Anyone have a Ford 900 or ever used one?

Discussion in 'Homesteading Questions' started by seedspreader, Jul 31, 2006.

  1. seedspreader

    seedspreader AFKA ZealYouthGuy

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    Ford 900 a few roads over that's for sale. It's the tricycle type tractor, which my land is pretty flat (slow steady rise toward the back) so I am not worried about the stability issue.

    The lady says it has a live PTO... It was suprisingly bigger than I thought when I stood next to it.

    Anyways, just checking it out...
     
  2. boonieman

    boonieman Well-Known Member

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    Never used a 900, but all the old Fords are pretty much the same. Steady, reliable, pretty easy to work on. I have an 8N and I love it. Keep in mind that these old tractors are limited in what they do. I've semi-retired my 8N and just use it to do light mowing or pull wagons. I believe the 900 does have live PTO like the lady told you. Seems like Ford started somewhere in the 800+ series.
     

  3. rambler

    rambler Well-Known Member Supporter

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    I have a 960, tractor I learned to drive on, plan to keep it as long as I can. It's done a ton of work on the farm, was dad's main one when he got it, been rebuilt a time or 2 already. Needs a lot of rear end work, but I use it too much to tear it down! :)

    The middle number is real important as to _what_ you have. Many people just call them a 900 (or 800, or 600) but it could be anything. People just don't know... Look below the air cleaner in front of the clutch pedal, on the flat tab of cast iron. There you will find the serial # and model #, they are hand-stamped into the cast iron - can be kinda light or painted over.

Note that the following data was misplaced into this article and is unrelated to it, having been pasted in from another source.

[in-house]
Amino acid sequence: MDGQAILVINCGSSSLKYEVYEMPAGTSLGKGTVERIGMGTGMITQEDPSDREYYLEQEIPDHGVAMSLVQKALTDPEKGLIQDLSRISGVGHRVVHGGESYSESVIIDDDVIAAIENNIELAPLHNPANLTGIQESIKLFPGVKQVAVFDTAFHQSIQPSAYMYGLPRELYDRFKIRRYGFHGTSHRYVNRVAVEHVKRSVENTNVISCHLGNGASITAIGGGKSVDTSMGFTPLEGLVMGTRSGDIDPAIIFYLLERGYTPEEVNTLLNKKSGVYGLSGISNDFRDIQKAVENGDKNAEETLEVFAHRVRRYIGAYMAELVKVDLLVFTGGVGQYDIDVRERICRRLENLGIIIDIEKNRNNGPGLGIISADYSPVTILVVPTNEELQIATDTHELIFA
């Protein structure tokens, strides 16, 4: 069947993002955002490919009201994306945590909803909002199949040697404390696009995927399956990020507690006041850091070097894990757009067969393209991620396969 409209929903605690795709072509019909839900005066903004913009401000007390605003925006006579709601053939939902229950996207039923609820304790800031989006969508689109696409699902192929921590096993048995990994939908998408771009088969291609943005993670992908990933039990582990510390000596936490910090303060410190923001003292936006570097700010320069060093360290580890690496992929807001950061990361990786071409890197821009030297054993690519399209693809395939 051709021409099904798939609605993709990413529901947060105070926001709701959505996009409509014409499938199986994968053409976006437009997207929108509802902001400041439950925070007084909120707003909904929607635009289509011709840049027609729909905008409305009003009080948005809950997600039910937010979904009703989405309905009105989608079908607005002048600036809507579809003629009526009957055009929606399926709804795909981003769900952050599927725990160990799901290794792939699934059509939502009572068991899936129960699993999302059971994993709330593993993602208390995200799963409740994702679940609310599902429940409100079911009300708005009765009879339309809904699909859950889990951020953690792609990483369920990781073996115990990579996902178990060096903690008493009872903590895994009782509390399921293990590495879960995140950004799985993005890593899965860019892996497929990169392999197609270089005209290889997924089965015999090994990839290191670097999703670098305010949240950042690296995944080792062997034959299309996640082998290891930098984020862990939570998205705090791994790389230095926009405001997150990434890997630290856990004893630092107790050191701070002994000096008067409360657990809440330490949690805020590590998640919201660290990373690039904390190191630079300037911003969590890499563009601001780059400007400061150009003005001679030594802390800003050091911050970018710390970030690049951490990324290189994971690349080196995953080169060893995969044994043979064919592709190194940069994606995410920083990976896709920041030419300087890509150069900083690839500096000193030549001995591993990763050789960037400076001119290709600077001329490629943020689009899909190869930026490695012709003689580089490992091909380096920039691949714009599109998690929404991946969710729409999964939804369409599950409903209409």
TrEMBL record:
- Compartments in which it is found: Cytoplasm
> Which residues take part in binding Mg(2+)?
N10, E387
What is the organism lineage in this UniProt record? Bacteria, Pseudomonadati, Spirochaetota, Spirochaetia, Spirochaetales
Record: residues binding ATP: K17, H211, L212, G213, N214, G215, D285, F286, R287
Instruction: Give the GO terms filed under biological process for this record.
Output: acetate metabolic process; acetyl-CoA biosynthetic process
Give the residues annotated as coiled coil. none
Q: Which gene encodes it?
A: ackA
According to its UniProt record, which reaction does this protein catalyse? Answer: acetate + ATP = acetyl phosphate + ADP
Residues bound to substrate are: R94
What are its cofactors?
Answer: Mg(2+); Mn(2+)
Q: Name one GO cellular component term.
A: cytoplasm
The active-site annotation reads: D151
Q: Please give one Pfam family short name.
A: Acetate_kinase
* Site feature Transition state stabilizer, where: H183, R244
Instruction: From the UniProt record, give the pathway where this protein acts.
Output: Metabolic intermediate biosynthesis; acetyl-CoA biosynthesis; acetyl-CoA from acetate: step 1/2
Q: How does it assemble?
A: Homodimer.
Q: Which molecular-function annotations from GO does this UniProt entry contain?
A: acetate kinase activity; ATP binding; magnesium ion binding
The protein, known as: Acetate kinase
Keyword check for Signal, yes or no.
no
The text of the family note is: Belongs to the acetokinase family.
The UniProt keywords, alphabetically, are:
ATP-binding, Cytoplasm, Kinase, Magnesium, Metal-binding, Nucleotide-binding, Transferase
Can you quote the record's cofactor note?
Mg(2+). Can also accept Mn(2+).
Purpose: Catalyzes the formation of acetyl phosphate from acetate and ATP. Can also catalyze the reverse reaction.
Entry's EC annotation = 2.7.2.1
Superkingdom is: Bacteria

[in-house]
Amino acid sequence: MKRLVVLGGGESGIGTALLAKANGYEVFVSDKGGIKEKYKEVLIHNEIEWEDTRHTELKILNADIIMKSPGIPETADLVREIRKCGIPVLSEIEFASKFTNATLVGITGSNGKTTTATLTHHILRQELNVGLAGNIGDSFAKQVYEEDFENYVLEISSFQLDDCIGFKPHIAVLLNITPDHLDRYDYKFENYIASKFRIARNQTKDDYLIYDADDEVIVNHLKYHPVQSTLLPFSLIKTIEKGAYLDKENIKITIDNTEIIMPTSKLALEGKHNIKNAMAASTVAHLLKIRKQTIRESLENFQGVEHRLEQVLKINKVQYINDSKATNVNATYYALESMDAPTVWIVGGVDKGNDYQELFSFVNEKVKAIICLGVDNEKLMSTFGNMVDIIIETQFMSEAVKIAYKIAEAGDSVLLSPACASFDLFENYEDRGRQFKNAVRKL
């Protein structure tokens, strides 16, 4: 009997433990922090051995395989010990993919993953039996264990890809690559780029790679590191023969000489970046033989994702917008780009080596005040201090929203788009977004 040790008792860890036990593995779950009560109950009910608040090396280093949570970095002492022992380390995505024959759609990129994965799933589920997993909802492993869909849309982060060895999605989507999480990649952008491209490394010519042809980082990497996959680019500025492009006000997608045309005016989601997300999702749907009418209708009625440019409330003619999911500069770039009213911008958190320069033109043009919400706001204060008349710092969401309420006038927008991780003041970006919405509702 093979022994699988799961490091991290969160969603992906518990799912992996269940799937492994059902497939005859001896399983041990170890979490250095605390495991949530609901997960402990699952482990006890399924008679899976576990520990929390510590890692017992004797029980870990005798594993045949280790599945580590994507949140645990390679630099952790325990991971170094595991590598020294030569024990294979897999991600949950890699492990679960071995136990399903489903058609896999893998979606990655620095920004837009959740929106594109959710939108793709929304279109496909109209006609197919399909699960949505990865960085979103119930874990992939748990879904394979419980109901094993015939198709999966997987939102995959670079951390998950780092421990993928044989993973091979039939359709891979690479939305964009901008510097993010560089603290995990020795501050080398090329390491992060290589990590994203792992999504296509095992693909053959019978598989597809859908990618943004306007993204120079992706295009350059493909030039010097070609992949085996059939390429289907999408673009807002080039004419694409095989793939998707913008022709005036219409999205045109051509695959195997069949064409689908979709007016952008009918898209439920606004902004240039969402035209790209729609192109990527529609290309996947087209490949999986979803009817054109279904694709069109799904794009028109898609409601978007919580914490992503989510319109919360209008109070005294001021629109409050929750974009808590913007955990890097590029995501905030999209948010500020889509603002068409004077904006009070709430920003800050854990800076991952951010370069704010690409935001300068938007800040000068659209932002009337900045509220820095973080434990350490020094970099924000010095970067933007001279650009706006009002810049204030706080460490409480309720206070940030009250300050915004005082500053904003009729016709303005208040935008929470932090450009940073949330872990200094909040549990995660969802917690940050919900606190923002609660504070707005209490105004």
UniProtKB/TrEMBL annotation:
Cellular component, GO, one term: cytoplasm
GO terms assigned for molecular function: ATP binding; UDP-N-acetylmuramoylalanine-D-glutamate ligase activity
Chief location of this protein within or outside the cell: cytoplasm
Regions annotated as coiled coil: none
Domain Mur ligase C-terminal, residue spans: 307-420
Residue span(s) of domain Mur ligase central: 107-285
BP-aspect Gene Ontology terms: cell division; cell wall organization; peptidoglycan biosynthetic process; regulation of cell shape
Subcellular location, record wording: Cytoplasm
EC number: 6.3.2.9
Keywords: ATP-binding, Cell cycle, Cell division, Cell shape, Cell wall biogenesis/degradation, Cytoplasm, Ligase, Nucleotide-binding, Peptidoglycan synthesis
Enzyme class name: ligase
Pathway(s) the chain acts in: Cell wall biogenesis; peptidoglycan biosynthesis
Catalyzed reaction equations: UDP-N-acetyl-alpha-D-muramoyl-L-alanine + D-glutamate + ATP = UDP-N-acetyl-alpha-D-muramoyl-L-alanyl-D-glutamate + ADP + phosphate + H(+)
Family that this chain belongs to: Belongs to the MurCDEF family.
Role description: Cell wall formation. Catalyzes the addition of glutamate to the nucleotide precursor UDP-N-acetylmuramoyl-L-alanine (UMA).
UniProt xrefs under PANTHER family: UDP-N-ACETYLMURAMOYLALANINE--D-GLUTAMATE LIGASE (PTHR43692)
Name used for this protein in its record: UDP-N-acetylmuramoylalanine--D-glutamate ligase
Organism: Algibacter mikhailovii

_If_ it truely is a 900 series and does have live pto, then it would have to be a 960, very good model. You will have the 5-speed tranny, live pto, 99% have power steering. Best of the lot.

    However, it could be a 950 which doesn't have live pto, or it could be a 940 which is a 4 speed without live pto.

    Then, it might actually be a 901 series - little newer, minor upgrades. _Then_ it could end up being a dreaded 971/981 model, which has the SoS automatic tranny. Was good idea, but there are 3x as many parts in one, a real money pit to repair, and at 50 years old, they all need repair....

    I would totally ignore what the person is telling you; these Fords are _often_ mis-represented, mis-pianted, and folks don't seem to 'get' the differences.

    Look for that stamped model number, & if it is a 960 or 961, you have a really nice tractor if it is in good shape.

    --->Paul
     
  4. seedspreader

    seedspreader AFKA ZealYouthGuy

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    It hast the 5 speed and power steering, though the power steering doesn't seem to work so well... I have been reading up on these and it seems as if this may be a common problem.

    What are they like to get parts for? That's my biggest question at the moment.
     
  5. ergoman

    ergoman Well-Known Member

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    I just sold a 961 tricycle. no power steering, the steering with a tricycle is pretty easy. It seems like it was about 40hp or more, but you could find out for sure at ytmag.com. Its rated for 3 bottoms, I used it with a two bottom for a few years and it worked fine. I also pulled a baler and wagon with it a few times. Would need to pay attention if your grounds hilly, but tricycles arent the "tip over deathtrap" people say they are. Did a good job on snow with the back blade, no filled tires or chains. I think some of those came with the "red tiger" engine that had a few more HP. I paid $1900 for mine with a fresh rebuild and sold it for $2400 in southern michigan a few years later. If you do end up getting it, I've got all the manuals and some spare parts for cheap. Only complaint I had was the clutch pedal is pretty high on the left and makes you raise you leg fairly high every time you press it. Its alot more tractor than one of the N series. I used two different ford dealers and ebay for parts, never had a problem getting them. Rock the front and back wheels side to side hard, if the axles/bearings are worn they will make an audible clunk, take $250 off per wheel if a shop is fixing it for you. Also look for oil leaks on the in/outside of the rims.